In a previous blog, we discussed just why Excel is now a liability to your budget, planning, and management reporting process, including providing an example to illustrate this fact.
As a continuation from that blog, we discuss the seven signs of this to help you identify the problem areas.
Planning in Excel can be troublesome as your organisation grows. Each planning process is made up of input forms. The scaling challenge in Excel can manifest itself in many ways.
- Incorporating new business units.
- Referencing central assumptions.
- Additional new contributors.
- Additional new business driver calculations.
Depending on the design of your Excel workbook, adding new staff roles, assets, products, business drivers, or updating calculation macros can be an ever-increasing challenge involving updating each input form.
Doubly, as the number of contributors grow, the forms for manual updates and the corresponding workbook checks grow. In effect, the time required by the finance team to prepare for the planning process can compound exponentially. With each new business driver and each new data contributor, the resources of the finance team are stretched. Scalability of the Excel planning process becomes problematic.
Each planning cycle requires rolling over data and prepopulating fields. A particular example is the quarterly forecast and the update of actuals. In Excel the exercise is fraught. The potential for data errors, misalignment of costs, and unreconcilable mismatches is ever present. The data structure for each source of prepopulated data may have changed. New GL accounts, customers, and products are just a few examples. The more contributors you have, the more versions you have to manage; the greater the challenge; the more time required for spreadsheet maintenance; the higher the chance of errors; and the higher the chance for difficult internal conversations.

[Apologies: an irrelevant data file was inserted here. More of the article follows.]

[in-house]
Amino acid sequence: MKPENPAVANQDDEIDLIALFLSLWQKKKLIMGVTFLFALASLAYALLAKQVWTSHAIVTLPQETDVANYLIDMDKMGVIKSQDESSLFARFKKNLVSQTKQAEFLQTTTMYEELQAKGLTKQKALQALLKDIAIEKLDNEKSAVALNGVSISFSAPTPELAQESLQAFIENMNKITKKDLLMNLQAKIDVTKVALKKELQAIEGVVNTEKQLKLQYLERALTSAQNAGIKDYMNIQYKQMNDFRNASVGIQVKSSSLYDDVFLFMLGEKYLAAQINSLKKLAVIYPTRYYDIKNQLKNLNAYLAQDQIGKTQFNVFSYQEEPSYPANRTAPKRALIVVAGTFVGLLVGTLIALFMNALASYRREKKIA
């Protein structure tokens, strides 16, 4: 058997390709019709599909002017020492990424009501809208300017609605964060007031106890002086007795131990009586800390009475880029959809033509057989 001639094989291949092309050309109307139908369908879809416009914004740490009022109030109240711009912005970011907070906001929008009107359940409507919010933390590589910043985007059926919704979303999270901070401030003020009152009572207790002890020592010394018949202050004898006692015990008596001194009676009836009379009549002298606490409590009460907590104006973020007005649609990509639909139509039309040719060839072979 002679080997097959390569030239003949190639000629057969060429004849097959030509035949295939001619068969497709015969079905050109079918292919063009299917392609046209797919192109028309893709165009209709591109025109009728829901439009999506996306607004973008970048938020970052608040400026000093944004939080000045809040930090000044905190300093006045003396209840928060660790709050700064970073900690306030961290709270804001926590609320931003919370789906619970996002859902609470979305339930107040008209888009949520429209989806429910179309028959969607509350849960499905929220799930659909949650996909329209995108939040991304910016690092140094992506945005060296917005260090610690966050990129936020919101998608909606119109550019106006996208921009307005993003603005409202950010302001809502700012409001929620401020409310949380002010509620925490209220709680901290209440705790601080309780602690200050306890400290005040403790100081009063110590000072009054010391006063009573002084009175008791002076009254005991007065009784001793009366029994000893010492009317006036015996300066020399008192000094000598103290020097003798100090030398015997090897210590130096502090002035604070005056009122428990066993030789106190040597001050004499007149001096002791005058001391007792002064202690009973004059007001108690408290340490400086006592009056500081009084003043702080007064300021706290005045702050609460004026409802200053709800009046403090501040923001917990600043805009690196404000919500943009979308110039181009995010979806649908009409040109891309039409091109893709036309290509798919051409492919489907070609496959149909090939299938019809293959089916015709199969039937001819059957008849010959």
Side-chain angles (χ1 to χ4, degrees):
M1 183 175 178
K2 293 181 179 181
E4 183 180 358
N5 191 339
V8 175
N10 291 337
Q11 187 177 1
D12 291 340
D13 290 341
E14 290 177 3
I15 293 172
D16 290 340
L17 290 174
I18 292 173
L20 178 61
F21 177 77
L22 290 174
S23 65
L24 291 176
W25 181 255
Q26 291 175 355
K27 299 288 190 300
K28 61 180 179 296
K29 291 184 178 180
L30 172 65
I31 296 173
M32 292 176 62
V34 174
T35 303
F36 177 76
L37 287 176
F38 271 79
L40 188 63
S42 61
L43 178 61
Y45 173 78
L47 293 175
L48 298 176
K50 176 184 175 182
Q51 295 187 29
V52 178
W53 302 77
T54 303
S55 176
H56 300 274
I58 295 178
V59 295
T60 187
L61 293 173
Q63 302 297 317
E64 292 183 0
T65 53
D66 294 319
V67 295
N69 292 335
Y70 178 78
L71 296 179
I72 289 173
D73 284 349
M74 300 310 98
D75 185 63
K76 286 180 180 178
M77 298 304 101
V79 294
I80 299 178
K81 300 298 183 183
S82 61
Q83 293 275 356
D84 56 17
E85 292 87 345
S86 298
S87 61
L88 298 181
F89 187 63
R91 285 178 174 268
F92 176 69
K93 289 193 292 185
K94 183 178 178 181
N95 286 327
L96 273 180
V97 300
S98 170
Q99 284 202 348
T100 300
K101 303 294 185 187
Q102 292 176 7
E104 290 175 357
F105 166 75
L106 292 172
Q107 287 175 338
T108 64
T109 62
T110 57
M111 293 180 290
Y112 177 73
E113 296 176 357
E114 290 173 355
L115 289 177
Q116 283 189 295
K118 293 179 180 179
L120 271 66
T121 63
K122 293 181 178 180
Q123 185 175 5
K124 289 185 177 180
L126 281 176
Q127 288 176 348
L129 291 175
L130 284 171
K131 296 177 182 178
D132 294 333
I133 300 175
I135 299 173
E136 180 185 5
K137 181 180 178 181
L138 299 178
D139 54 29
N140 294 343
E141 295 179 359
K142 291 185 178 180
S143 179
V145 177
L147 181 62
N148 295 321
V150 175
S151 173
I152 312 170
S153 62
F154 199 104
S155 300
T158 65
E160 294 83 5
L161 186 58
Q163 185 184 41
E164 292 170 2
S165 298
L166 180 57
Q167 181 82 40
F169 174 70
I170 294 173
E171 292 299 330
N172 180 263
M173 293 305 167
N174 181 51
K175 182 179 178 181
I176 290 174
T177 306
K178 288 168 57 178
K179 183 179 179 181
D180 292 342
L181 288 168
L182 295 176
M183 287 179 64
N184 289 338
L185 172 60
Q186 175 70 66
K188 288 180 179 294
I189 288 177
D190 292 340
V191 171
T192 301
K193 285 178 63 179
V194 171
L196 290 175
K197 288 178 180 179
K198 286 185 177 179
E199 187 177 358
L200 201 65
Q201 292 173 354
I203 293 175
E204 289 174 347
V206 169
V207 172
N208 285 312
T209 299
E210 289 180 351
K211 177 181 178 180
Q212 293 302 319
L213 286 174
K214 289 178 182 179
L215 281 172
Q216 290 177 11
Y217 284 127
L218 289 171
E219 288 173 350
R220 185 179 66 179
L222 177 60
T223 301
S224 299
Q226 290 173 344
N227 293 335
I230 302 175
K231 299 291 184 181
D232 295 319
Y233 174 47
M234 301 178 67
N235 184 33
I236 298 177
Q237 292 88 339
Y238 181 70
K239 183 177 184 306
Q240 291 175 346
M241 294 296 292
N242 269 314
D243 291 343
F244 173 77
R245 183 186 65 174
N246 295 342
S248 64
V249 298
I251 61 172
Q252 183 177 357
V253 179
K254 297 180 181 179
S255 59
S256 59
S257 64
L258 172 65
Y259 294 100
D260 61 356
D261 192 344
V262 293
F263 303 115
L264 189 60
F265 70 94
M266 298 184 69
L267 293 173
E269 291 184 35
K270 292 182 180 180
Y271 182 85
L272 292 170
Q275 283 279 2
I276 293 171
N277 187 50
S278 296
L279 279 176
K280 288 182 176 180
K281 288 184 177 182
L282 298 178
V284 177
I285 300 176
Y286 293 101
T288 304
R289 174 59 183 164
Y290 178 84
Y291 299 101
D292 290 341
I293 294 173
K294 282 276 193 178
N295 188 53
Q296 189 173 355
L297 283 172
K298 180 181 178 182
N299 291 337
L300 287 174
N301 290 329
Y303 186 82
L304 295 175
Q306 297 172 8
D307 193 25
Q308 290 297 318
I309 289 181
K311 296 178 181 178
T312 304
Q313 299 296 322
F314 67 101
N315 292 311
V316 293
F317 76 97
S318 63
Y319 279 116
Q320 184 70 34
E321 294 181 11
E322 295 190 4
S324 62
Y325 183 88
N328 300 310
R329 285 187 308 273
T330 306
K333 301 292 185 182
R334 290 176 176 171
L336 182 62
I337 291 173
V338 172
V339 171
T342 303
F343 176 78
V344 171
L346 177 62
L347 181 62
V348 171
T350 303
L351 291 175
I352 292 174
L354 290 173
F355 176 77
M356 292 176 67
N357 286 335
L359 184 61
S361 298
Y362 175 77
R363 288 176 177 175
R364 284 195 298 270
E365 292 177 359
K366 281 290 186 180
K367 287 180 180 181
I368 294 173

The planning process often involves incorporating data from disparate sources. The data may be from an ERP, CRM, HR system, or other business system. Manual integration processes may require double or triple handling or a complex bespoke macro. Manual integration of data is also error prone. Even with checks and balances, data quality is at risk. The greater the number of integration sources the greater the risk of errors.
4. Data integrity – consolidation and consistency
A fundamental pillar of the management reporting process is the presentation of decision-making data. However, Excel by its malleable nature opens the planning process to data integrity issues. Calculation errors may occur at various levels of consolidation. Contributors may choose to work outside of the tool and hard key numbers, which can then impact the consistency of calculations. There may be assumptions or formulae errors from one worksheet to another without the knowledge of the user or the consolidator. It could be as simple as different FX rates used in some Excel workbooks. There may be no flags for errors and no warning that the check process is not working. In a complex model with many contributors, small errors at the user level may lead to material differences when consolidated. The manual consolidation process itself may further compound errors, creating hours of reconciliation or debugging work. With Excel the risk of compromised data integrity is high.